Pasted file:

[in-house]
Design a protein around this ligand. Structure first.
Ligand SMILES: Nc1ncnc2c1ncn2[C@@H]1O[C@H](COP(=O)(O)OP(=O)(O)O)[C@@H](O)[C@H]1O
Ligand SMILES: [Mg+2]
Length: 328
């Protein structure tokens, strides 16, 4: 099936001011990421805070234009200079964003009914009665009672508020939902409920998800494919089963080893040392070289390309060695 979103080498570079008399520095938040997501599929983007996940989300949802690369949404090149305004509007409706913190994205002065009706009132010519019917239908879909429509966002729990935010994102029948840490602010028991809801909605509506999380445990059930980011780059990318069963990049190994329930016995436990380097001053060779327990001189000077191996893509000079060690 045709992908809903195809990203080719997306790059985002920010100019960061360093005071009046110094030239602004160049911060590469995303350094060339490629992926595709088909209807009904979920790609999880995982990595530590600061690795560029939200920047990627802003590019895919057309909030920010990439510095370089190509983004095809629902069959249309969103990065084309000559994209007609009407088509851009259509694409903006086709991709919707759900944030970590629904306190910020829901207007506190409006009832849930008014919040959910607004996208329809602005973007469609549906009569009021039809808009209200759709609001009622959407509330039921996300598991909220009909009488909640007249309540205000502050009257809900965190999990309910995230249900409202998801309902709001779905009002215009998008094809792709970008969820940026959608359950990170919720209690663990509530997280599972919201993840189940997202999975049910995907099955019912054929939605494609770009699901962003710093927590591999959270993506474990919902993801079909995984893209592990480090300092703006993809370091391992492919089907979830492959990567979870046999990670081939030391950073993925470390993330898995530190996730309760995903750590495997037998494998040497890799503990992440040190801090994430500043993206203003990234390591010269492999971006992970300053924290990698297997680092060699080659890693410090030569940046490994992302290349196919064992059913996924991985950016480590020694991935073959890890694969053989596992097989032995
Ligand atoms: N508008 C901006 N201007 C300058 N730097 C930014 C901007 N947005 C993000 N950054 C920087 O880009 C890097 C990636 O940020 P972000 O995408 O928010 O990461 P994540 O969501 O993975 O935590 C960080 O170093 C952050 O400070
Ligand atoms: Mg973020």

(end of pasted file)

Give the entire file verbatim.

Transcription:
[in-house]
Design a protein around this ligand. Structure first.
Ligand SMILES: Nc1ncnc2c1ncn2[C@@H]1O[C@H](COP(=O)(O)OP(=O)(O)O)[C@@H](O)[C@H]1O
Ligand SMILES: [Mg+2]
Length: 328
């Protein structure tokens, strides 16, 4: 099936001011990421805070234009200079964003009914009665009672508020939902409920998800494919089963080893040392070289390309060695 979103080498570079008399520095938040997501599929983007996940989300949802690369949404090149305004509007409706913190994205002065009706009132010519019917239908879909429509966002729990935010994102029948840490602010028991809801909605509506999380445990059930980011780059990318069963990049190994329930016995436990380097001053060779327990001189000077191996893509000079060690 045709992908809903195809990203080719997306790059985002920010100019960061360093005071009046110094030239602004160049911060590469995303350094060339490629992926595709088909209807009904979920790609999880995982990595530590600061690795560029939200920047990627802003590019895919057309909030920010990439510095370089190509983004095809629902069959249309969103990065084309000559994209007609009407088509851009259509694409903006086709991709919707759900944030970590629904306190910020829901207007506190409006009832849930008014919040959910607004996208329809602005973007469609549906009569009021039809808009209200759709609001009622959407509330039921996300598991909220009909009488909640007249309540205000502050009257809900965190999990309910995230249900409202998801309902709001779905009002215009998008094809792709970008969820940026959608359950990170919720209690663990509530997280599972919201993840189940997202999975049910995907099955019912054929939605494609770009699901962003710093927590591999959270993506474990919902993801079909995984893209592990480090300092703006993809370091391992492919089907979830492959990567979870046999990670081939030391950073993925470390993330898995530190996730309760995903750590495997037998494998040497890799503990992440040190801090994430500043993206203003990234390591010269492999971006992970300053924290990698297997680092060699080659890693410090030569940046490994992302290349196919064992059913996924991985950016480590020694991935073959890890694969053989596992097989032995
Ligand atoms: N508008 C901006 N201007 C300058 N730097 C930014 C901007 N947005 C993000 N950054 C920087 O880009 C890097 C990636 O940020 P972000 O995408 O928010 O990461 P994540 O969501 O993975 O935590 C960080 O170093 C952050 O400070
Ligand atoms: Mg973020």